Once free from our moldy prison, we headed west, then north again, and looped past the Dept of Ag main building and back to the van… We completed our 10 miles, had a wonderful walk, no blisters or even sore feet, and ALL WAS GOOD!

KOA Road – July 10th

Have 3 walks to catch up on… where does the time go? The thyme goes in the sauce, however.

July 10th – We decided to head out from home and walk to the KOA Campground  .  We have ridden our bikes there in the past so we figured it would not be too bad walking on the shoulder of East Lake Shore Drive for a bit.  Well, the traffic was worse than usual (but then usually we are in the car when on this road). But once we got onto Lake Service Road, we could walk down the middle of the road if we wanted because there was NO traffic.

Our first little side trip was to stop at the public restroom at the Vachel Lindsay Bridge boat ramps. It was such a glorious morning!

Lindsey Bridge dock

The water was so calm, and the air was still cool. We were able to walk on the grass all the way from parking lot near the ramps almost to the Henson-Robinson zoo. After passing the zoo we headed south on East Lake.

We took another wonderful side trip down Vivian Lane through a nice quiet little residential area with A HILL! We walked up the hill, admired our success and the view, then headed back to East Lake…

Vivian Lane from top of A HILLVivian Lane from top of A HILL

The day grew warmer as we walked, but once on Lake Service Road we had shade which made the walking easier. Once we got to KOA Road we took a snack break in the shade and discussed whether to continue on to the KOA or turn around. If we turned around, we would have our 12 miles in. If we continued on, we would easily add another couple miles. We opted to turn around and save the longer walk for another day when it was a bit cooler, and we had cash in our pocket to buy something at the KOA snack bar (assuming they have one!)

On our way back, we once again stopped at Lindsay Bridge Ramp restrooms. The geese were enjoying the day at the docks…

Geese at Lindsey Bridge Docks
Geese at Lindsay Bridge Docks

By the time we got home, we had covered just at 12 miles with very little to complain about!

Lost Bridge Trail

We were planning to take this walk yesterday, rain was forecast… but we had thunderstorms and walking with the threat of lightening is not on my fun list. Today, however…. RAIN, but no t-storms….PERFECT. We have wanted to hike in the rain with our Frogg Togg rain suits, our new “waterproof” hiking boots, with our hiking packs encased in their rain suits. All so we could find any weaknesses in our rain preparations before our Wales trip. Our experiences in Great Britain are: if you are there for more than a couple hours, it is going to rain!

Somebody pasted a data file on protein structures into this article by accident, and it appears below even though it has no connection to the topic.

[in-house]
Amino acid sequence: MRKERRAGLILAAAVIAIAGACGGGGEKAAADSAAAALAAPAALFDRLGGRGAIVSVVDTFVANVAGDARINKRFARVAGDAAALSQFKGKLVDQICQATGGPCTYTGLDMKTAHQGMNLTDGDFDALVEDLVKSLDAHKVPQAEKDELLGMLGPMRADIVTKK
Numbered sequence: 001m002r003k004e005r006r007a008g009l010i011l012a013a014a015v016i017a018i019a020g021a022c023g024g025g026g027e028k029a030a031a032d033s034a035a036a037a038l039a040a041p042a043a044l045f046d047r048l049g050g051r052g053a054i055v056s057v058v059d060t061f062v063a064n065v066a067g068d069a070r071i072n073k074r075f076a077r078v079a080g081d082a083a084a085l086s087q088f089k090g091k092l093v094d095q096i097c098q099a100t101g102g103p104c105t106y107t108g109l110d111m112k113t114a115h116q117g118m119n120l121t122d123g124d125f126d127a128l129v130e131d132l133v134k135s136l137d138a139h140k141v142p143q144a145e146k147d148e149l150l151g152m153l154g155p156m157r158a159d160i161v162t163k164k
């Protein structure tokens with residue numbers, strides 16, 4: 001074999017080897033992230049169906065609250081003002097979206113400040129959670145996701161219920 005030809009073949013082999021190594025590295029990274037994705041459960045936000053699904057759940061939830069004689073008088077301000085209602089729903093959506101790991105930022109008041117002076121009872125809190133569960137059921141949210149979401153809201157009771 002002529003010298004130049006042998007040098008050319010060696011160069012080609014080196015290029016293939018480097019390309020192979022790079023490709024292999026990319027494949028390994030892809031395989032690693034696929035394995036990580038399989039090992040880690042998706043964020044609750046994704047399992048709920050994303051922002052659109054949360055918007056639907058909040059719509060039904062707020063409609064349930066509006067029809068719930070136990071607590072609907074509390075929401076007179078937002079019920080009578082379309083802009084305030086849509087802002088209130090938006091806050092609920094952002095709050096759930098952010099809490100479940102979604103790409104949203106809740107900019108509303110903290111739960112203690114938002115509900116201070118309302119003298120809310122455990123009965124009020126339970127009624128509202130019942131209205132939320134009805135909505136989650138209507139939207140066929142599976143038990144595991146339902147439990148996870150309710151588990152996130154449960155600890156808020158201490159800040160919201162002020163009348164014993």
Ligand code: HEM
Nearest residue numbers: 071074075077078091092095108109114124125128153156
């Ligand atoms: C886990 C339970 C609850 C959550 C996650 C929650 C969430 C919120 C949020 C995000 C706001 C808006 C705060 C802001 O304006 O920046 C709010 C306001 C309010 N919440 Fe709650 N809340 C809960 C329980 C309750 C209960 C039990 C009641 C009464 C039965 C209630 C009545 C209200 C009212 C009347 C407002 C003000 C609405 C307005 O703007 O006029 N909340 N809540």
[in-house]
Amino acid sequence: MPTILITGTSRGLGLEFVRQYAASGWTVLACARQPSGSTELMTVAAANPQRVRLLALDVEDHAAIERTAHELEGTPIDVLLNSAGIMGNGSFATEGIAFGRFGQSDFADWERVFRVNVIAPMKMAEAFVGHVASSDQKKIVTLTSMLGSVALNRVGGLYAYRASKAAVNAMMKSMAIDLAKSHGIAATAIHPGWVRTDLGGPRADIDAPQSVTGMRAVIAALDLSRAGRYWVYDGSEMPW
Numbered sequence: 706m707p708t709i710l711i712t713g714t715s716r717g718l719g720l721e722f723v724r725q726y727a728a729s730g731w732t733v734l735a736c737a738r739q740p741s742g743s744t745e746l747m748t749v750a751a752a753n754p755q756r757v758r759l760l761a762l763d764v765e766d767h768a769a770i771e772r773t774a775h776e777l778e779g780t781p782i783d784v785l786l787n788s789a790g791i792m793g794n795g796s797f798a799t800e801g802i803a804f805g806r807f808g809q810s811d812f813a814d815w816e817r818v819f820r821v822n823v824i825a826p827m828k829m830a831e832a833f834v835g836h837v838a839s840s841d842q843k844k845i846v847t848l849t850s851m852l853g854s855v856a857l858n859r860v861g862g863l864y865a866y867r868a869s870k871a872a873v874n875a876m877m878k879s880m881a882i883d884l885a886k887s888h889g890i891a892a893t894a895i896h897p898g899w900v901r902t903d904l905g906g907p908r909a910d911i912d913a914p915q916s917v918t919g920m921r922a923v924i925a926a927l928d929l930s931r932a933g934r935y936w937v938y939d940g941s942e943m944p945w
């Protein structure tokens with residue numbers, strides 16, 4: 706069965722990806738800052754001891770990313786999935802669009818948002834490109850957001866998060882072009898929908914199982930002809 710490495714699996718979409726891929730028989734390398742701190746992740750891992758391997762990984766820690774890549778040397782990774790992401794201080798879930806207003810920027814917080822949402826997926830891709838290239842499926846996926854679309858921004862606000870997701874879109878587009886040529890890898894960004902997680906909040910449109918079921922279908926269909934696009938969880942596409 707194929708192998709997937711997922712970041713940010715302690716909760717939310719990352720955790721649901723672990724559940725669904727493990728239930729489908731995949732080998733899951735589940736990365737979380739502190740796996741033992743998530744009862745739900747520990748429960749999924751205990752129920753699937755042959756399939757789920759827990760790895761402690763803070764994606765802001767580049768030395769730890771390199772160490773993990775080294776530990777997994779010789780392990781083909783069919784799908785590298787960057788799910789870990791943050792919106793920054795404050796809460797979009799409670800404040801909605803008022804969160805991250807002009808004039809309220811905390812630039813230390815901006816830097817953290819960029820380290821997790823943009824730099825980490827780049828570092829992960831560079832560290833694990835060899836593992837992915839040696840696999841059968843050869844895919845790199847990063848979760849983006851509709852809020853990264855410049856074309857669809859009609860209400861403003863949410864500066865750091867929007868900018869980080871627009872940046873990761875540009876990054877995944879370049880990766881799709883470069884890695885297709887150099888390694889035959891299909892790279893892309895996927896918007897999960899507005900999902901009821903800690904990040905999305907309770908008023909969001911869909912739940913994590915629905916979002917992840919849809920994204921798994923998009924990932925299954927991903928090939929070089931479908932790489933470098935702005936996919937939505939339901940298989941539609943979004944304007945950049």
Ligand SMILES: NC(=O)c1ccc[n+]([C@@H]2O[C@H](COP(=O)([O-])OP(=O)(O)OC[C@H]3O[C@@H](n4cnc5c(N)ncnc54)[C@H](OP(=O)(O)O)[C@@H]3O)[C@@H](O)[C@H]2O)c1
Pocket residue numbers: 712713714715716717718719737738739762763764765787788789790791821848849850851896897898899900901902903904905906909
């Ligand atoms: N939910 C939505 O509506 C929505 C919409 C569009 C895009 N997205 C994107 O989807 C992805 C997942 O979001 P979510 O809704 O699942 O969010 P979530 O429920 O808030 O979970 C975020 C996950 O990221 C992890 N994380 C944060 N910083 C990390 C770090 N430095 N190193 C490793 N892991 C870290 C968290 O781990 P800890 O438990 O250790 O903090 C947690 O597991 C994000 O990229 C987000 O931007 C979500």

So we got geared up as the rain was falling steadily this morning (I slept in – got up at 6 am. The rain started about 6:30.) We drove over to the Lost Bridge Trail behind the DOT complex. And with a very steady and fairly strong rainfall to envelope us, we started walking.

010The LBT is an old rail-2-trail path that runs parallel to IL Rte 29 between Springfield and Rochester. We decided we would walk for an hour south towards Rochester then back because The Mrs had to work in the afternoon. We weren’t that focused on the distance as we were on spending time in the rain. So with 72 degrees F and a constant rain we moved along at The Mrs’ pace. We arrived at the the Tunnel that passes under Hilltop Road and had a water and snack break in the tunnel, out of the rain…

Hilltop Rd Tunnel
Hilltop Rd Tunnel

The Mrs happy and dry!

The Mrs in rain gear
The Mrs in rain gear

and me in my dry wet weather gear…The Mr

The Mr

We made good time as we walked, turning around at our 1 hour mark and headed back. The rain eased up a bit and we dropped our hoods for a while. We stopped at one point to admire how much rain water was flooding fields and what was normally grassy areas…

Lotsa water
Lotsa water

The banks of  Sugar Creek were flooded and the water was moving along rapidly in what is normally a lazy flowing little waterway.

Lost Bridge
Sugar Creek Bridge

We made really good time on return walk, and were back to the van at the 1 hour 44 minute mark. Total distance walked was 6.47 miles.  And best part of all… Boots – DRY inside. Rain suits – Waterproof (although not very breathable, so we did sweat a fair amount). Packs with rain covers -DRY.  We might consider GoreTex rain gear, but then, I don’t believe it will be this warm (mid to upper 70s) in the rain in Wales, so that may not be a major consideration.  (Time to email Yoda… er, I mean Charles!)

We might try this trail again in a few days if we can get a sunny day, and walk the entire 12+ miles just to get the distance under our belts. Our first day hiking the Pembrokeshire Coast Trail will be a 12 mile (or maybe 14?) day. And as our terrain dries up around here, we’ll start adding more hills to the mix.